What is 3D printing and how does it work?
3D printing, also known as additive manufacturing, was developed in the 1980’s as a process used to make three- dimensional objects. Additive manufacturing creates parts from the ground up by fusing together layers of material. Its counterpart, subtractive manufacturing, begins with material and removes excess until only the desired shape remains.
Methods Of 3D Printing
There are several methods of 3D printing. The most commonly recognized is called Fused Deposition Modelling (FDM). This method uses a single nozzle head to extrude melted material, typically plastic, layer by layer onto a build platform according to the 3D data that has been supplied to the printer. One of the most familiar printers in this space, the MakerBot, uses the FDM method. Other 3D printing processes, like Stereolithography (SLA), fuses together liquid material by curing it with a UV laser; while Binder Jetting fuses together powder material with a binding spray. Today, these methods are still more expensive and specialized than FDM.
Materials Used In 3D Printing
The materials used in 3D printing are often dependent on the method. Binder Jetting, for instance, might use sandstone material, while SLA and FDM typically use plastic or resin. But what was once a small list of printable materials has been rapidly expanding. Plastics today include stronger substances like nylon, as well as biodegradable plastic. Paper, ceramics, and metals are growing in popularity and helping to expand applications for 3D printing. Most recently on the scene are food materials like chocolate, sugar and even meat.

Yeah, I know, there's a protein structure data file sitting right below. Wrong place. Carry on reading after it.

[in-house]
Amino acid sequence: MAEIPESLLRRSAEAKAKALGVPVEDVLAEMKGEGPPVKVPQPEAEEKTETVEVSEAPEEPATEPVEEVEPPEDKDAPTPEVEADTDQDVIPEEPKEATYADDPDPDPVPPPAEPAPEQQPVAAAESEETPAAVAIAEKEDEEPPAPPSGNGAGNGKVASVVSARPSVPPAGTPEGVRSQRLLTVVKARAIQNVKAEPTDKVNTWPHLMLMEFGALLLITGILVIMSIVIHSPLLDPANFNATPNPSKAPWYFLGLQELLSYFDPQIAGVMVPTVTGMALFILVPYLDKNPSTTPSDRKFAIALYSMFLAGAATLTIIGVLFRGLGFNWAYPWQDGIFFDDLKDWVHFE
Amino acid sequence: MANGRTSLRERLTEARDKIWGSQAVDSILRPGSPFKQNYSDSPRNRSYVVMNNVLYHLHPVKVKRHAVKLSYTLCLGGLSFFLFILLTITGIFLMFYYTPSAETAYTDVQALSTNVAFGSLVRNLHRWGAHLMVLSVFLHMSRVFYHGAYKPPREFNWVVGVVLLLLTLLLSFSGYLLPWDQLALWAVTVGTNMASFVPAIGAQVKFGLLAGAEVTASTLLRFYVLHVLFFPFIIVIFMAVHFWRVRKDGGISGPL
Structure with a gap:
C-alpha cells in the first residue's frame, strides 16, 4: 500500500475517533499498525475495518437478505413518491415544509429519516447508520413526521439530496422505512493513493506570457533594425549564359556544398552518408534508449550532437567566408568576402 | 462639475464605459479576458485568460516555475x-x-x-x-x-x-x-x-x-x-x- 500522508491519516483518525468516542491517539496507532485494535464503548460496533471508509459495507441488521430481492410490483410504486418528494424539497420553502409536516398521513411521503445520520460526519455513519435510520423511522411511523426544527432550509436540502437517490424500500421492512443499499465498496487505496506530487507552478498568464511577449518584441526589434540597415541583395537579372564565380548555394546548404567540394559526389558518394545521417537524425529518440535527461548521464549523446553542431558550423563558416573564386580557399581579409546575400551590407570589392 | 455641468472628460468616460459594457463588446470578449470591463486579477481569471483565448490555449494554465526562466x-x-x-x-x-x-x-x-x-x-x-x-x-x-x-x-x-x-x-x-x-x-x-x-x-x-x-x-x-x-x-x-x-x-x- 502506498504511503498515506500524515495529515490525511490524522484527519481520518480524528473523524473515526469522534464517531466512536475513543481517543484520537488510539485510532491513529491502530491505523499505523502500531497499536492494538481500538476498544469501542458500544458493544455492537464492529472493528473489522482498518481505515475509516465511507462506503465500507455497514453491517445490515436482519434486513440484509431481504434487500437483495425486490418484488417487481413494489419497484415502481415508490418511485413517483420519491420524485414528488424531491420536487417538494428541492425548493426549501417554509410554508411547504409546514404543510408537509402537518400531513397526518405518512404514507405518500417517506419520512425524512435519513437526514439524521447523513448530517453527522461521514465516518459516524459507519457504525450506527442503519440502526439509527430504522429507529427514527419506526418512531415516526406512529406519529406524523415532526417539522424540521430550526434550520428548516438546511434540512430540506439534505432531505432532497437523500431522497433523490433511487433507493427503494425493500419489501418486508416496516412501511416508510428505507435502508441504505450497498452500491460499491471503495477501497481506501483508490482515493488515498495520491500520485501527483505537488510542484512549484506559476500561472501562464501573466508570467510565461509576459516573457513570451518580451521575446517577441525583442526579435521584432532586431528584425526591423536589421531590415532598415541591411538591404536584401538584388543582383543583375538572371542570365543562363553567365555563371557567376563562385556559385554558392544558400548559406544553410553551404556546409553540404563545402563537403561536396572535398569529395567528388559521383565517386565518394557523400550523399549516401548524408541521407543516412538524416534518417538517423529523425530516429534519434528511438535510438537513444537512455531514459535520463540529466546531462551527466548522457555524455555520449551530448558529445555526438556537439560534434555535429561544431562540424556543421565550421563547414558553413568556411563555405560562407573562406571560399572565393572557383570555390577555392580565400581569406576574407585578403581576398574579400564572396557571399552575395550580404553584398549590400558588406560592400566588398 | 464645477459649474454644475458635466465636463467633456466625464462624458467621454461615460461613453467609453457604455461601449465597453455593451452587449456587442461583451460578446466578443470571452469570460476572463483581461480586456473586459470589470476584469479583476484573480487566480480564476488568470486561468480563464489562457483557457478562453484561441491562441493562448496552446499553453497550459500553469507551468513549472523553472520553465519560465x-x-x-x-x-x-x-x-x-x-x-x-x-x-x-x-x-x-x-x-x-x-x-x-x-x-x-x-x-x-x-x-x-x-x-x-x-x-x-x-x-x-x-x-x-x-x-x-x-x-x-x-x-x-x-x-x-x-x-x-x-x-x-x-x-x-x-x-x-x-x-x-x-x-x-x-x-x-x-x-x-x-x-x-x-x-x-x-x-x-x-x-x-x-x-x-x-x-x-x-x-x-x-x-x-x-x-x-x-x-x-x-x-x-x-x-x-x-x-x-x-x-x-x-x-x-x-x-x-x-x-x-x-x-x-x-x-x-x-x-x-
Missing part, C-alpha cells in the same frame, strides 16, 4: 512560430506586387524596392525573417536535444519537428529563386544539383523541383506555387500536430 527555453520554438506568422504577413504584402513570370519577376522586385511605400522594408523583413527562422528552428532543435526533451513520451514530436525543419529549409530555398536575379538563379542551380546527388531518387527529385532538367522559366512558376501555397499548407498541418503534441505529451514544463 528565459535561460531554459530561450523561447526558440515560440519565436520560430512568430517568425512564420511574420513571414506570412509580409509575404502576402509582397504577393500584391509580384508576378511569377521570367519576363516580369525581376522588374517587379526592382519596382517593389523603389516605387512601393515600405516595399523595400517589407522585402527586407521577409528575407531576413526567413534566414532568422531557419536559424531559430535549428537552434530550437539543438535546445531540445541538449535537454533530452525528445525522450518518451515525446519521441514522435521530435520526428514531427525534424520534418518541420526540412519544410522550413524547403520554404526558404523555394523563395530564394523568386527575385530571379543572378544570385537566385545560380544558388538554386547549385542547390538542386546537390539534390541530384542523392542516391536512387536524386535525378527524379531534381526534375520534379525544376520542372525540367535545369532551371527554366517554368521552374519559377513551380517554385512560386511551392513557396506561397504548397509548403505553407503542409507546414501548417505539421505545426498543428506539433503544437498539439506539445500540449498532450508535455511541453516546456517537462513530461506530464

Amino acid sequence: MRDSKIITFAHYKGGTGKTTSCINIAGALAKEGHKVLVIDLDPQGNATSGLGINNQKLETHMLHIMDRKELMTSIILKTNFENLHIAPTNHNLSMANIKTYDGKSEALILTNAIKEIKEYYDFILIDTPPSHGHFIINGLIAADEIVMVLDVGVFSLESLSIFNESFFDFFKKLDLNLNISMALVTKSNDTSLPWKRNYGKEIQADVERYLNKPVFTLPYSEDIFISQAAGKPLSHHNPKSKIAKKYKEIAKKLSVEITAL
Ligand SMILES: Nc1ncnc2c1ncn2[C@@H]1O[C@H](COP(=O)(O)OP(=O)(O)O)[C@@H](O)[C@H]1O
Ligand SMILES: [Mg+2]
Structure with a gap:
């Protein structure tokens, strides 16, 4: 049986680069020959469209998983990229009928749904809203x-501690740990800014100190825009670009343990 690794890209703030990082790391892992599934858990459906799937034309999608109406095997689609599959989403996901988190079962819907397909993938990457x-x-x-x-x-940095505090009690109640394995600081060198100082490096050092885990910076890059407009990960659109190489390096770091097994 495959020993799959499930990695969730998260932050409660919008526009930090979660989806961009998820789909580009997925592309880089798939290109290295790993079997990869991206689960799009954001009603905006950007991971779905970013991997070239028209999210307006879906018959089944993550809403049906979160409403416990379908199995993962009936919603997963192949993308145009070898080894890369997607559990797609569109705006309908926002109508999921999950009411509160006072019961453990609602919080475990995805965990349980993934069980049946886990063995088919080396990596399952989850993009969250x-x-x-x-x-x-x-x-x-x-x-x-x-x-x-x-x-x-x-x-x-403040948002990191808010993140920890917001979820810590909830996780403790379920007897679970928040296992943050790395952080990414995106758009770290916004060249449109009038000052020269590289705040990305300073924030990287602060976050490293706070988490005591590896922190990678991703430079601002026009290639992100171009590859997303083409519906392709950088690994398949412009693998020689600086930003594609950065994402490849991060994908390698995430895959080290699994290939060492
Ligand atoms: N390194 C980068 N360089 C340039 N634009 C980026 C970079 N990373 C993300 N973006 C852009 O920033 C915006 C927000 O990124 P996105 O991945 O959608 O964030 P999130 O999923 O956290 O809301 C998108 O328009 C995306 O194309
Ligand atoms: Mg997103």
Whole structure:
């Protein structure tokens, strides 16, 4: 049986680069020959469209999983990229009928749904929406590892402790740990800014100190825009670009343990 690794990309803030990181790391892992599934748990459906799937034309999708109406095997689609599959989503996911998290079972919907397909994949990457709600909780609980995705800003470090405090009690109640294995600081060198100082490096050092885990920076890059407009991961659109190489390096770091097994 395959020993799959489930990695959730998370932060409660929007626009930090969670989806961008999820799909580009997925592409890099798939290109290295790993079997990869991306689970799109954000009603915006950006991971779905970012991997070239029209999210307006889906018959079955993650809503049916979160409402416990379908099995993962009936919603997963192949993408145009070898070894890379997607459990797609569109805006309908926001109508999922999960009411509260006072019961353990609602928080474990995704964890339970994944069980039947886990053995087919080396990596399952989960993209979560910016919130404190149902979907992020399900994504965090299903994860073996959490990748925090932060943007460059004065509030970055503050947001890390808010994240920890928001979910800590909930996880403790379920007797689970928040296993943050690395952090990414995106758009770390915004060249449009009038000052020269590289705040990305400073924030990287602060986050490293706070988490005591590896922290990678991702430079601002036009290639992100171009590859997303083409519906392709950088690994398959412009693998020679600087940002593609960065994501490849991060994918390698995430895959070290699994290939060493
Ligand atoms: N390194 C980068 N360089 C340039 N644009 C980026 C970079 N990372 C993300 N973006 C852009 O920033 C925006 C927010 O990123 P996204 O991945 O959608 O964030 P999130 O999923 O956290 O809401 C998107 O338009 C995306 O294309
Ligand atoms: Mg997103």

Steps of 3D Printing
It’s important to note that the process of 3D printing has many steps and is not as automated as some might think. From le preparation (e.g., creation, conversion), to actual printing, to the finishing work post-print (e.g., sanding, coating, removing support material), the output of 3D printing takes time. However, open source le sharing on sites like Thingiverse and GrabCAD are making it faster for designers to get started.
How is it being used today and what are the benefits?
Big strides in both printer technology and material exploration have led to a variety of exciting applications across industries. In fields like design and architecture, 3D printing has long played a role in model and prototype creation. But more and more it is being used to produce end-products like jewellery, sculptures, and shoes. Thanks to advances in 3D printed metal, automotive companies are now looking at the potential of 3D printing to full-fill after- sale parts on demand, rather than holding large inventories.